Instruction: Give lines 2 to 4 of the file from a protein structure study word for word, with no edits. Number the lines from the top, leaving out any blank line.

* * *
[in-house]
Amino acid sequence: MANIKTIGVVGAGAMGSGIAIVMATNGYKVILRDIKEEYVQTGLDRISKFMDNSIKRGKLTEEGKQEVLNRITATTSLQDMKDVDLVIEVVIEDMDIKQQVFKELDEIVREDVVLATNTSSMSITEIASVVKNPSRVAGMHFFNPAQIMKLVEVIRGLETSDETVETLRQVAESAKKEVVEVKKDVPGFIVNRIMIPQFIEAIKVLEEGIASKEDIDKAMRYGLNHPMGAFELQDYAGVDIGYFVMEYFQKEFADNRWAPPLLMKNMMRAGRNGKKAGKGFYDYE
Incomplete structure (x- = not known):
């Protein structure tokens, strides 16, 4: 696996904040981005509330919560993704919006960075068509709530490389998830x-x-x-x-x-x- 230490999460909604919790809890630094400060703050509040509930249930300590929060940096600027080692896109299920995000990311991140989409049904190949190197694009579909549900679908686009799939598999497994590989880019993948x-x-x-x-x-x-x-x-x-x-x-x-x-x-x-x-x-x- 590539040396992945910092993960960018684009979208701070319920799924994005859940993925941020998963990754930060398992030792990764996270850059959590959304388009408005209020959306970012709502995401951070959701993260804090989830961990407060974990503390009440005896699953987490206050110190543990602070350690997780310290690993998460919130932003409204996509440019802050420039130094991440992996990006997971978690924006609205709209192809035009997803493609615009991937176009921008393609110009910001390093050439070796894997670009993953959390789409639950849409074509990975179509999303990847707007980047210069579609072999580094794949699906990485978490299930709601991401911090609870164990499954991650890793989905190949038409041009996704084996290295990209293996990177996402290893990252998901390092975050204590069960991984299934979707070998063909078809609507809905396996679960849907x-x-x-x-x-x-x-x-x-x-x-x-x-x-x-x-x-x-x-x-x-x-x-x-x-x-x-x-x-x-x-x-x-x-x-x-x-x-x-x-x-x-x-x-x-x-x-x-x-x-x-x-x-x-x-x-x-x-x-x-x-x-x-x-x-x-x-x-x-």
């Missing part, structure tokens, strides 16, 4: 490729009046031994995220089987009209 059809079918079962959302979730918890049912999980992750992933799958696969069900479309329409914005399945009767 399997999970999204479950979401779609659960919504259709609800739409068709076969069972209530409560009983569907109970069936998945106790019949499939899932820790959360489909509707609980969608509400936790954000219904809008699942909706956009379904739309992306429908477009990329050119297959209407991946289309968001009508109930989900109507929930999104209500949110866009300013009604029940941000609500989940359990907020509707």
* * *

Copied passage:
Amino acid sequence: MANIKTIGVVGAGAMGSGIAIVMATNGYKVILRDIKEEYVQTGLDRISKFMDNSIKRGKLTEEGKQEVLNRITATTSLQDMKDVDLVIEVVIEDMDIKQQVFKELDEIVREDVVLATNTSSMSITEIASVVKNPSRVAGMHFFNPAQIMKLVEVIRGLETSDETVETLRQVAESAKKEVVEVKKDVPGFIVNRIMIPQFIEAIKVLEEGIASKEDIDKAMRYGLNHPMGAFELQDYAGVDIGYFVMEYFQKEFADNRWAPPLLMKNMMRAGRNGKKAGKGFYDYE
Incomplete structure (x- = not known):
């Protein structure tokens, strides 16, 4: 696996904040981005509330919560993704919006960075068509709530490389998830x-x-x-x-x-x- 230490999460909604919790809890630094400060703050509040509930249930300590929060940096600027080692896109299920995000990311991140989409049904190949190197694009579909549900679908686009799939598999497994590989880019993948x-x-x-x-x-x-x-x-x-x-x-x-x-x-x-x-x-x- 590539040396992945910092993960960018684009979208701070319920799924994005859940993925941020998963990754930060398992030792990764996270850059959590959304388009408005209020959306970012709502995401951070959701993260804090989830961990407060974990503390009440005896699953987490206050110190543990602070350690997780310290690993998460919130932003409204996509440019802050420039130094991440992996990006997971978690924006609205709209192809035009997803493609615009991937176009921008393609110009910001390093050439070796894997670009993953959390789409639950849409074509990975179509999303990847707007980047210069579609072999580094794949699906990485978490299930709601991401911090609870164990499954991650890793989905190949038409041009996704084996290295990209293996990177996402290893990252998901390092975050204590069960991984299934979707070998063909078809609507809905396996679960849907x-x-x-x-x-x-x-x-x-x-x-x-x-x-x-x-x-x-x-x-x-x-x-x-x-x-x-x-x-x-x-x-x-x-x-x-x-x-x-x-x-x-x-x-x-x-x-x-x-x-x-x-x-x-x-x-x-x-x-x-x-x-x-x-x-x-x-x-x-």